Women's Philharmonic Advocacy

Pauline Viardot

by sarah - March 16, 2011.
Filed under: composers, resources, women's history month. Tagged as: , , .

Pauline Viardot, like many other women featured this month, was fortunate to be born into a musical family. Born in Paris in 1821, Viardot (nee Garcia) has Spanish ancestry. Her parents were opera singers and fostered her talents as a singer, though she was also a highly accomplished pianist. Throughout her lifetime she was a student of Liszt and Reica, and a friend of Chopin and Clara Schumann, sang under Berlioz and knew Jenny Lind. She was also on friendly terms with Tchaikovsky and Rossini, who visited her home. After she retired from the stage, Viardot taught at the Paris Conservatory. She died in Paris in 1910.

More information about Viardot can be found through the Tchaikovsky Research Center, which includes a more detailed accounts of the time and correspondence that Viardot shared with Tchaikovsky. Viardot’s papers are held at Harvard.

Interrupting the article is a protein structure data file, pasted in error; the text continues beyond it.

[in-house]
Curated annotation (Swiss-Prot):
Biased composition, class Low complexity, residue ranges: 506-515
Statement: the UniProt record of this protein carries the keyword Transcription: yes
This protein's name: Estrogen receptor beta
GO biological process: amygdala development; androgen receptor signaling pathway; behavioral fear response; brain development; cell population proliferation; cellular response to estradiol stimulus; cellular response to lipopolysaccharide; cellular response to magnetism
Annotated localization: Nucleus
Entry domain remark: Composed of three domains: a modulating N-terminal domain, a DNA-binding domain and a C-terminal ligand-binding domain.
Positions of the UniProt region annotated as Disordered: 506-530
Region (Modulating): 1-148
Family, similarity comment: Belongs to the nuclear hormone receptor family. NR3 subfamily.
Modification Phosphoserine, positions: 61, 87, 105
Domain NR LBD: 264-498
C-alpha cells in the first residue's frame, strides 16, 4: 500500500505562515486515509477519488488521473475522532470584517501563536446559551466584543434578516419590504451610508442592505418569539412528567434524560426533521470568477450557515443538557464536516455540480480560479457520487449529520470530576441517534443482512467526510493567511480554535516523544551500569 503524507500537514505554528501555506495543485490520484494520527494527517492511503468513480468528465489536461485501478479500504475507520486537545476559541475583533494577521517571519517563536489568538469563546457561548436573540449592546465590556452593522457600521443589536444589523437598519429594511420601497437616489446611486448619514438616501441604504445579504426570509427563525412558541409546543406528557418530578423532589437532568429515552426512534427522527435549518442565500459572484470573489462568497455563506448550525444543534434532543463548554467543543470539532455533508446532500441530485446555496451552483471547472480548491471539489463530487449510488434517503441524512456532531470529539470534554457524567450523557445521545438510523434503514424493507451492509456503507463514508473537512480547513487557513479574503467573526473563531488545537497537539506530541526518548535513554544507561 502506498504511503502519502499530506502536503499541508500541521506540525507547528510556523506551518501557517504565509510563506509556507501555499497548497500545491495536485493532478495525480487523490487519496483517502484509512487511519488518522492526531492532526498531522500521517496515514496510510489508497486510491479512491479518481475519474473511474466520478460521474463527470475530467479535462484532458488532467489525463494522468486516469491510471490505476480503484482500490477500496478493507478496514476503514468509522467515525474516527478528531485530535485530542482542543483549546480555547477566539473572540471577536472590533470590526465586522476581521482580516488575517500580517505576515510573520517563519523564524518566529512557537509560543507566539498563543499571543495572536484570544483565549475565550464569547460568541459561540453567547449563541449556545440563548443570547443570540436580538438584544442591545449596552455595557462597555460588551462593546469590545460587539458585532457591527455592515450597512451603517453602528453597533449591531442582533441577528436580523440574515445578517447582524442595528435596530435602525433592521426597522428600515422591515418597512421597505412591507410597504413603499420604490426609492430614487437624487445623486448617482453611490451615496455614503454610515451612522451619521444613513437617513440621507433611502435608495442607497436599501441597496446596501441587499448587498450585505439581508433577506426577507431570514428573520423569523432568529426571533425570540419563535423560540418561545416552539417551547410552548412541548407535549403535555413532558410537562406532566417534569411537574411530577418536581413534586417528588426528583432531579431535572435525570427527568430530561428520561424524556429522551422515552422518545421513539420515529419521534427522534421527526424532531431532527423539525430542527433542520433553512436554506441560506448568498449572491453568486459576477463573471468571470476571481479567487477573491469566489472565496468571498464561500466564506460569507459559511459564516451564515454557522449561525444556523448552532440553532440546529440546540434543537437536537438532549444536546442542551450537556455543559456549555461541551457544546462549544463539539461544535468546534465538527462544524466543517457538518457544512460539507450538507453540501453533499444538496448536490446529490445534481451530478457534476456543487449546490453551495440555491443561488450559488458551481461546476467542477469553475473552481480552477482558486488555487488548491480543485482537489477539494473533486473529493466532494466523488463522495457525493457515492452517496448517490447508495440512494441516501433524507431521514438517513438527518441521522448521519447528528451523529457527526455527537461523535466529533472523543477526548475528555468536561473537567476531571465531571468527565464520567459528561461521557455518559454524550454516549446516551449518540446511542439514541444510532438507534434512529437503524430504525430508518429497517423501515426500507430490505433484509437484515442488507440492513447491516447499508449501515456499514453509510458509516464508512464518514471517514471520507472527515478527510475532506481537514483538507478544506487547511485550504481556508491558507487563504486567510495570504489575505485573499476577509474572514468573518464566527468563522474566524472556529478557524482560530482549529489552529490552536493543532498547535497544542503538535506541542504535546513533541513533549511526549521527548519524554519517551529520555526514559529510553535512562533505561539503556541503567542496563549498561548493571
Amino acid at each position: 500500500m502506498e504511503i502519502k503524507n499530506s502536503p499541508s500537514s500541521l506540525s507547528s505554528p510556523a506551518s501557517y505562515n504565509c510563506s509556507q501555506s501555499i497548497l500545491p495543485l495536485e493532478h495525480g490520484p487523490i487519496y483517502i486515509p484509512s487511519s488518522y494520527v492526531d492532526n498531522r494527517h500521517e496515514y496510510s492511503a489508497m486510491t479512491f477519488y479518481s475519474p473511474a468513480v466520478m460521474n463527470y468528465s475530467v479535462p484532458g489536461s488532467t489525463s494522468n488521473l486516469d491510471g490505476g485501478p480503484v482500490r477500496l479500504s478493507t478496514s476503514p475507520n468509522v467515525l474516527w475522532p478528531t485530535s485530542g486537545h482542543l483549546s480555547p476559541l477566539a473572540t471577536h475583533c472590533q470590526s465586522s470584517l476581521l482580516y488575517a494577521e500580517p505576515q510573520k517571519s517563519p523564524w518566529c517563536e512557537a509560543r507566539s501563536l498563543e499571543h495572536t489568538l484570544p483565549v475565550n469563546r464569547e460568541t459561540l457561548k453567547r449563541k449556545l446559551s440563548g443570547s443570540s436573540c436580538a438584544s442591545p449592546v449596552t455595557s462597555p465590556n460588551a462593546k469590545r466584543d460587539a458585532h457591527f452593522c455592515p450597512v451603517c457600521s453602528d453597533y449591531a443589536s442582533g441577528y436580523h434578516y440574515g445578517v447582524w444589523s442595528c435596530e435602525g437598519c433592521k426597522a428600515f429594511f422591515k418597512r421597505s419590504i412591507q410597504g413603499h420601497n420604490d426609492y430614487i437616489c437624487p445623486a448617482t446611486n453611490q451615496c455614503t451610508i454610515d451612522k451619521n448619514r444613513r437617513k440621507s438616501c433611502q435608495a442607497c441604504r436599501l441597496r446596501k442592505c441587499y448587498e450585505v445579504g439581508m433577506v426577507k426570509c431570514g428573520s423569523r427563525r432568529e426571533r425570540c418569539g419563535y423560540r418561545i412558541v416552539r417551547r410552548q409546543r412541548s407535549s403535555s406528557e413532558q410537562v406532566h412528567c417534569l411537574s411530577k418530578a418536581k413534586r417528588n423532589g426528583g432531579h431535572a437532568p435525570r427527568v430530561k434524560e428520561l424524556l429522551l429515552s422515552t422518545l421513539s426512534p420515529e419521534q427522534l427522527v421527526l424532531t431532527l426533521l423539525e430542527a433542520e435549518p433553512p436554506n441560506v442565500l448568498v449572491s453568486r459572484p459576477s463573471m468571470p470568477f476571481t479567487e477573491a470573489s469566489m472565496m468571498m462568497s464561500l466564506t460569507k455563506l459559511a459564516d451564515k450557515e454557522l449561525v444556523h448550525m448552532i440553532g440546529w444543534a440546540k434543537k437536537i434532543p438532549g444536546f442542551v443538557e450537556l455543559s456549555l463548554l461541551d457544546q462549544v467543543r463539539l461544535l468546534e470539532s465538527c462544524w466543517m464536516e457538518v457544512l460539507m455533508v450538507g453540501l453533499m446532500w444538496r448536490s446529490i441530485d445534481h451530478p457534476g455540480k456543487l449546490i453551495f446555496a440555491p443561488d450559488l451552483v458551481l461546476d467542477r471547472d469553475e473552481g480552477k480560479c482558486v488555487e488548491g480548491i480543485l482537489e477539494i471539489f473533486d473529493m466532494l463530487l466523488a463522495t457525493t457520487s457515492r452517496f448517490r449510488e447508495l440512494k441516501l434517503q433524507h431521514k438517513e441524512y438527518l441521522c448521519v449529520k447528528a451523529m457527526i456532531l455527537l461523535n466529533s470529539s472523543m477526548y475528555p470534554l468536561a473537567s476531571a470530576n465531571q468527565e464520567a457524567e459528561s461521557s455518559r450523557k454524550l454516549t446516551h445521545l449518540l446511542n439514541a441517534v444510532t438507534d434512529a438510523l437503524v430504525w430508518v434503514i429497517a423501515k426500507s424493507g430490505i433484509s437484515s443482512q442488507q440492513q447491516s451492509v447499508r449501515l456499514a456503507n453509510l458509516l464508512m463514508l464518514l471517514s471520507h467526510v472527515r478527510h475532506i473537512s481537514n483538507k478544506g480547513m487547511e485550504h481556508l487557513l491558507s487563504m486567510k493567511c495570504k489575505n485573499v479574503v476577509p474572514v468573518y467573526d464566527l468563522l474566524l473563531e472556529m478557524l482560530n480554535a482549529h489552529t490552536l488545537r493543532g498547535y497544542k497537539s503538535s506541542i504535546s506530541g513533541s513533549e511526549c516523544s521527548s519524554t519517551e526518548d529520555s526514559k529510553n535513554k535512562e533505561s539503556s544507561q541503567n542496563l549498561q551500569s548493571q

Though known primarily as a performer, Viardot composed actively. Her compositional output was primarily songs, and often arranged the instrumental works of other composers (including Chopin, Haydn, Schubert, and Brahms) as songs. Though she never actively pursued the role or title of “composer”, as most of her works were written to be used as educational tools with her students, her work was praised highly in its time. Included in her oeuvre are several salon operas and chamber works.

Here is Cecilia Bartoi performing Viardot’s “Hai luli”:

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